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529 E-ditorials

04-4: I知 just the messenger
Joe Hurley
Wednesday, August 25th 2004

Looking for someone to blame for the bewildering array of tax provisions aimed at families saving and paying for college? Cast your eyes towards Washington. In their zeal to help families pay for college, Congress and the last couple of Presidents have created a maze of tax provisions that is altogether too complicated.

I can point to at least ten separate sections of the Internal Revenue Code granting special tax breaks for families saving and paying for college. The mere number of tax breaks is not the problem. The problem is the way they collide with each other. In offering multiple breaks, Congress has also imposed multiple sets of "coordination" rules to prevent you and me from gaining more than one tax benefit on any particular educational expenditure.

In some cases the tax breaks are mutually exclusive. In other cases they must follow a chain of priority. Consider this conundrum:
- If you claim the above-the-line deduction for your child's college tuition, you cannot claim a Hope or Lifetime - - - - Learning credit in the same tax year.
- If you claim a Hope or Lifetime Learning credit, the amount you can withdraw tax-free from a Coverdell ESA is reduced.
- If you withdraw from a Coverdell ESA, the amount of above-the-line deduction you can claim is reduced.

How does one get off this merry-go-round?

It gets worse when the tax law gives you the option to claim education credits on your tax return or on your dependent's return when the alternative minimum tax becomes an issue when your child's dependency status is in play and so on.

I can now officially consider myself a victim of this complexity. My oldest child, Megan, has just enrolled at college. I'm putting together my strategy for taking withdrawals from 529 plans, for claiming available tax credits, for taking interest deductions on college loans, and for shifting income from our tax return to hers. I've determined that we can reduce our combined tax bills by a substantial amount by making sure that Megan fails the tax dependency test.

But the strategy that works for me may not work so well for you. You may want to look to a tax professional for some help.

But shouldn't we also be looking to our federal government for help? I think so, and I believe it might actually happen before long. The U.S. Treasury Department has listed tax simplification as one of its major goals, and several changes aimed at the education provisions were included in the Bush budget proposals earlier this year. Candidate Kerry's proposal to create a single higher-education credit would also simplify things. But no matter who wins the elections in November, entrenched interests always make such measures difficult to adopt.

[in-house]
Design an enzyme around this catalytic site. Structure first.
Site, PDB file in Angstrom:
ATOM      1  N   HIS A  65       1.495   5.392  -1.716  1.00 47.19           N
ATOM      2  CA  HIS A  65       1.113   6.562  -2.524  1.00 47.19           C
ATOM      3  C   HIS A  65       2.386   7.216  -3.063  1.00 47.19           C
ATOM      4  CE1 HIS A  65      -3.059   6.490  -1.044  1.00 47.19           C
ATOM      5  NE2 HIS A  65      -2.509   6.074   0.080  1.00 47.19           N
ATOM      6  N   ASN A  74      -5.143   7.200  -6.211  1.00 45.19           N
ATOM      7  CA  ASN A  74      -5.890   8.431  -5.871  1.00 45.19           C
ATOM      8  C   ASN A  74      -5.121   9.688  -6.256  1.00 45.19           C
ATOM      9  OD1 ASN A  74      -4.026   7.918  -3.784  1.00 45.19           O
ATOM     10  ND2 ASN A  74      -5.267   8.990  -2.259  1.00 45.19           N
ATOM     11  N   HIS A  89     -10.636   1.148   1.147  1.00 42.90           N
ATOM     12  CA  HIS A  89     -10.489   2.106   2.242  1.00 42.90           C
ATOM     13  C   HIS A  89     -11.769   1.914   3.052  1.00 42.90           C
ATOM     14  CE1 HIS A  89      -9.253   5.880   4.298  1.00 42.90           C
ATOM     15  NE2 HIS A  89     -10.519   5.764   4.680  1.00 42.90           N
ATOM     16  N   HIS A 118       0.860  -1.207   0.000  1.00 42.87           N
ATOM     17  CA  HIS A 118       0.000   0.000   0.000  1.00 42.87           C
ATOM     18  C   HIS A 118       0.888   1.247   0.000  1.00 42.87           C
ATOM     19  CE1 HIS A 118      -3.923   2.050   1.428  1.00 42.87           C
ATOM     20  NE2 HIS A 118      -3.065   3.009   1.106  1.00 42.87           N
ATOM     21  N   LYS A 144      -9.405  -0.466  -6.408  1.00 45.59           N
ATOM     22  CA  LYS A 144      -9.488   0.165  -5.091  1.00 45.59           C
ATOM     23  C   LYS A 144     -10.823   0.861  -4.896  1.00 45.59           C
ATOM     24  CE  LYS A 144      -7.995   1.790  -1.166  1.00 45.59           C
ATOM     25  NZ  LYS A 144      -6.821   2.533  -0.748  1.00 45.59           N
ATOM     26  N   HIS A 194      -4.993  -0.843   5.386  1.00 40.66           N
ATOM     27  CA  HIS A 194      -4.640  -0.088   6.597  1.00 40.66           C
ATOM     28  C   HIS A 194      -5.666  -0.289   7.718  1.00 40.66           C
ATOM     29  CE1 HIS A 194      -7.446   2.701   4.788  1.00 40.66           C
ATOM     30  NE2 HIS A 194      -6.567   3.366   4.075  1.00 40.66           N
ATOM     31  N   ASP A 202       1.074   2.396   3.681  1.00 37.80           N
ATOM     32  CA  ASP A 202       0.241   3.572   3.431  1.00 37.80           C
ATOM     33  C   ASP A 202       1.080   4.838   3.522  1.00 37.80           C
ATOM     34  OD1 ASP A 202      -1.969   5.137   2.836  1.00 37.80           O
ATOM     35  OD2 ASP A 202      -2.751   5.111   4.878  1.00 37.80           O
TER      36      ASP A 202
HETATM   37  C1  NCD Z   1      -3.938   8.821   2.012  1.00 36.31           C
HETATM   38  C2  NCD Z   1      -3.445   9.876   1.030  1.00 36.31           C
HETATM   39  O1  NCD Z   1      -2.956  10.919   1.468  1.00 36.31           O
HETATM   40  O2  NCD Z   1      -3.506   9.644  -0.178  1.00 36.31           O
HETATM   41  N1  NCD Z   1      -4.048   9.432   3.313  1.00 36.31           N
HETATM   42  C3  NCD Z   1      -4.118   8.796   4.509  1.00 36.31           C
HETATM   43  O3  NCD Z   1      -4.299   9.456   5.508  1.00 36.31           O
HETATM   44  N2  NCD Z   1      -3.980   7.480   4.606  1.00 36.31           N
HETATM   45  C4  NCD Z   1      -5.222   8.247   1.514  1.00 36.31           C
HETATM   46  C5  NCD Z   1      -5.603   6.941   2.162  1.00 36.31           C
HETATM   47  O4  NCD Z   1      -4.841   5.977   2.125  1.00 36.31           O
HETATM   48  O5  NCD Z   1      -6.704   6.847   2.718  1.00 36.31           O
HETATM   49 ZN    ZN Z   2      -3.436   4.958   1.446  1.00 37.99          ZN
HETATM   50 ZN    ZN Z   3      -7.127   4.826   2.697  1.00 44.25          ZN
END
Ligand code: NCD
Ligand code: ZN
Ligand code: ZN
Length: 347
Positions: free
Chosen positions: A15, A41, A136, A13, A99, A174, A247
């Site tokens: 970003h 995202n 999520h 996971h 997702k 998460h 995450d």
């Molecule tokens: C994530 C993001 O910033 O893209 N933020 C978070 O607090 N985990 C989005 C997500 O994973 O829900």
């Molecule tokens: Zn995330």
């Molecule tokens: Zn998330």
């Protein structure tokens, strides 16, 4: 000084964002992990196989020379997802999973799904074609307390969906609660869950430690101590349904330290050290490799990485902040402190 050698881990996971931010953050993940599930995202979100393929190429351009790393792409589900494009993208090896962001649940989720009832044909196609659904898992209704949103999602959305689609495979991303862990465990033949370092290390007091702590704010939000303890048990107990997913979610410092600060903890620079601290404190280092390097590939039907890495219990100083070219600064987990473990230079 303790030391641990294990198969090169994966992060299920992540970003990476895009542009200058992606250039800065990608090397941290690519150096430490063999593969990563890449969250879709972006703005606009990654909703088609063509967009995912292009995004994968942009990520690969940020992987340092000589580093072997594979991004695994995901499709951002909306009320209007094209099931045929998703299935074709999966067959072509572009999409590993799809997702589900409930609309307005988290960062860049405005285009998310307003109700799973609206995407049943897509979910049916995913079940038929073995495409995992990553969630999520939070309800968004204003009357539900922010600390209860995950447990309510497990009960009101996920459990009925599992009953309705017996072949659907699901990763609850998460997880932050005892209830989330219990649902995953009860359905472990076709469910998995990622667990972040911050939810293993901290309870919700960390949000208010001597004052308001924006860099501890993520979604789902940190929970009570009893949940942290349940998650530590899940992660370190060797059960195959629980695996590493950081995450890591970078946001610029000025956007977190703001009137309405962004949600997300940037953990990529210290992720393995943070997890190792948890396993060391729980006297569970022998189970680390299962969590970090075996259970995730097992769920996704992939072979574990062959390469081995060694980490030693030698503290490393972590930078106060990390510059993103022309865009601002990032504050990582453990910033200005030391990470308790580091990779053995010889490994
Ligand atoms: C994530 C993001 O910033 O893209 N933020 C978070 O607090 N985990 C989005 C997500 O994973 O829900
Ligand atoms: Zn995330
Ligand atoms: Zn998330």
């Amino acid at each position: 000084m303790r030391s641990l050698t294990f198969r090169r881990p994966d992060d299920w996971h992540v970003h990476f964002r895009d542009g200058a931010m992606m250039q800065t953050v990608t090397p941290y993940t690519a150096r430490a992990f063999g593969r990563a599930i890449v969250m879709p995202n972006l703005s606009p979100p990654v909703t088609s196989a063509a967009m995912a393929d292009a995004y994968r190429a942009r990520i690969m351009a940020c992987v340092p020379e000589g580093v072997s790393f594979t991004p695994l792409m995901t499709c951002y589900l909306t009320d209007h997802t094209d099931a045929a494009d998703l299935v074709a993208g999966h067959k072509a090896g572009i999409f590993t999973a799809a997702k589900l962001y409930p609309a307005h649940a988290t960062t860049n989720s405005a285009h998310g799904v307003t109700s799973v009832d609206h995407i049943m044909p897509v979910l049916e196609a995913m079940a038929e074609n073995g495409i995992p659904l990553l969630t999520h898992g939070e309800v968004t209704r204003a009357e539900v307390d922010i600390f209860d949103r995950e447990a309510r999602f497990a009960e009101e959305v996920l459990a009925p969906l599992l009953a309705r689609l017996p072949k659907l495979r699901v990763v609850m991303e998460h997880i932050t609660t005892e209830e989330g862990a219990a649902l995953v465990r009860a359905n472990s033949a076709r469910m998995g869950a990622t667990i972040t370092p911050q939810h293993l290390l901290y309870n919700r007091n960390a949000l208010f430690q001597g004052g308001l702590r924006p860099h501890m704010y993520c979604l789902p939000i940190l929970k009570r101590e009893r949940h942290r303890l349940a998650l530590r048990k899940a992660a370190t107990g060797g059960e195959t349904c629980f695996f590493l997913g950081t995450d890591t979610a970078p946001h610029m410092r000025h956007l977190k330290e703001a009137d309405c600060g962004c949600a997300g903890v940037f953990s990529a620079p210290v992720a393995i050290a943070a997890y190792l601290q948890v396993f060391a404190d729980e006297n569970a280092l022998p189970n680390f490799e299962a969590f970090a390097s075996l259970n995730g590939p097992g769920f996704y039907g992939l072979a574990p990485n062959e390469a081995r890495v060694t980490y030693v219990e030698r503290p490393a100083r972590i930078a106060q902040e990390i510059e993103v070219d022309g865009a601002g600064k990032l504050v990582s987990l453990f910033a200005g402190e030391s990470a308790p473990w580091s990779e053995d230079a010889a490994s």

In the meantime, here are some simplification suggestions of my own:

1) Trash the Coverdell education savings account

I could never figure out why Congress enacted the Coverdell ESA (originally the Education IRA) one year after giving the green light to state-sponsored college savings programs (529 plans). The ESA contains a number of little-understood complexities. We should eliminate the ESA and force conversion of all existing ESAs into Roth IRAs. Simultaneously, add a rule that permits any Roth IRA to be withdrawn tax-free for college (and probably for K through 12 expenses as well, although I won't get into the politics of that).

2) Wipe the various credits and deductions for college tuition off the income tax return

Take what is now the Lifetime Learning credit and permit accredited higher-education institutions to request it from the federal government on behalf of their students. The schools can then apply the money directly against student tuition bills. Let's face it-many schools have already bumped up their tuitions in anticipation of families receiving tax benefits. Why not make the schools themselves responsible for administering the credit? This will make our lives a lot easier, reduce the chances of error and cheating, and ensure that the benefit reaches thousands of (mostly low- and moderate-income) families who would otherwise miss out because they either fall below the tax threshold or because they can稚 afford a good accountant.

3) Fix or eliminate the alternative minimum tax (AMT)

Congress gave families a reprieve last year by allowing the Hope or Lifetime Learning credit to reduce AMT, but we may be stuck this year. The AMT is an unfair trap for the unwary.

4) Make the 529 tax exclusion permanent

Don't keep us guessing about whether the current exclusion will expire at the end of 2010.

Let's hope our government in Washington gets serious about tax simplification.

» 05-4: The 529 marshals have arrived - 08/30/05
» Our 5.29th-year anniversary - 06/29/05
» 05-2: 529s and the new Bankruptcy Act - 04/28/05
» 05-1: Reform or Deform? - 02/27/05
» 04-6: Perspectives on the 529 debate - 12/28/04
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